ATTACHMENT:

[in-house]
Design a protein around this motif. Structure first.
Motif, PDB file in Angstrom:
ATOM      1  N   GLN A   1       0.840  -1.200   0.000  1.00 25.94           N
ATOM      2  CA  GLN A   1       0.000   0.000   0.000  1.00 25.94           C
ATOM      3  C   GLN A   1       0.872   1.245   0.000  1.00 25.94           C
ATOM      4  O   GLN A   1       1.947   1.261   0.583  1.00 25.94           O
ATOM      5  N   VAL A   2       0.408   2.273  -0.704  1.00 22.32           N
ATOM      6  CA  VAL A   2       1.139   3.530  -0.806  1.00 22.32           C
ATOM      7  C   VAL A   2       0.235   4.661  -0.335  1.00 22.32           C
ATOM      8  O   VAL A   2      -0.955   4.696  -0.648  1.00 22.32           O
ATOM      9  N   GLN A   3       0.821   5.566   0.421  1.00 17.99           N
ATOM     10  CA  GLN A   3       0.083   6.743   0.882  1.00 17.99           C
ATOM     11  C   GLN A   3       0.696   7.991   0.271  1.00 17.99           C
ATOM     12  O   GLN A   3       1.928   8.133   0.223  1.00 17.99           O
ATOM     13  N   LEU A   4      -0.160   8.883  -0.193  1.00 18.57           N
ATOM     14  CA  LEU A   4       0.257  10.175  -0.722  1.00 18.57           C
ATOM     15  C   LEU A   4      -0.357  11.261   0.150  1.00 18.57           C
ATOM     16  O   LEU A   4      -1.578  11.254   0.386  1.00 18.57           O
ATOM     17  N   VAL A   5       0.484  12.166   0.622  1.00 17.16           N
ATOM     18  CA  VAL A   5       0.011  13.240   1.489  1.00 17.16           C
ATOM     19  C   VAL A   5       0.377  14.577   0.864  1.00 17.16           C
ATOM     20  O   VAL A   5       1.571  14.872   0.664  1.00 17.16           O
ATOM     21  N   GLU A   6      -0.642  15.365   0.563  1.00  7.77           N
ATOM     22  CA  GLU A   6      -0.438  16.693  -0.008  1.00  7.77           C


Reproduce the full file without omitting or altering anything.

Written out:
[in-house]
Design a protein around this motif. Structure first.
Motif, PDB file in Angstrom:
ATOM      1  N   GLN A   1       0.840  -1.200   0.000  1.00 25.94           N
ATOM      2  CA  GLN A   1       0.000   0.000   0.000  1.00 25.94           C
ATOM      3  C   GLN A   1       0.872   1.245   0.000  1.00 25.94           C
ATOM      4  O   GLN A   1       1.947   1.261   0.583  1.00 25.94           O
ATOM      5  N   VAL A   2       0.408   2.273  -0.704  1.00 22.32           N
ATOM      6  CA  VAL A   2       1.139   3.530  -0.806  1.00 22.32           C
ATOM      7  C   VAL A   2       0.235   4.661  -0.335  1.00 22.32           C
ATOM      8  O   VAL A   2      -0.955   4.696  -0.648  1.00 22.32           O
ATOM      9  N   GLN A   3       0.821   5.566   0.421  1.00 17.99           N
ATOM     10  CA  GLN A   3       0.083   6.743   0.882  1.00 17.99           C
ATOM     11  C   GLN A   3       0.696   7.991   0.271  1.00 17.99           C
ATOM     12  O   GLN A   3       1.928   8.133   0.223  1.00 17.99           O
ATOM     13  N   LEU A   4      -0.160   8.883  -0.193  1.00 18.57           N
ATOM     14  CA  LEU A   4       0.257  10.175  -0.722  1.00 18.57           C
ATOM     15  C   LEU A   4      -0.357  11.261   0.150  1.00 18.57           C
ATOM     16  O   LEU A   4      -1.578  11.254   0.386  1.00 18.57           O
ATOM     17  N   VAL A   5       0.484  12.166   0.622  1.00 17.16           N
ATOM     18  CA  VAL A   5       0.011  13.240   1.489  1.00 17.16           C
ATOM     19  C   VAL A   5       0.377  14.577   0.864  1.00 17.16           C
ATOM     20  O   VAL A   5       1.571  14.872   0.664  1.00 17.16           O
ATOM     21  N   GLU A   6      -0.642  15.365   0.563  1.00  7.77           N
ATOM     22  CA  GLU A   6      -0.438  16.693  -0.008  1.00  7.77           C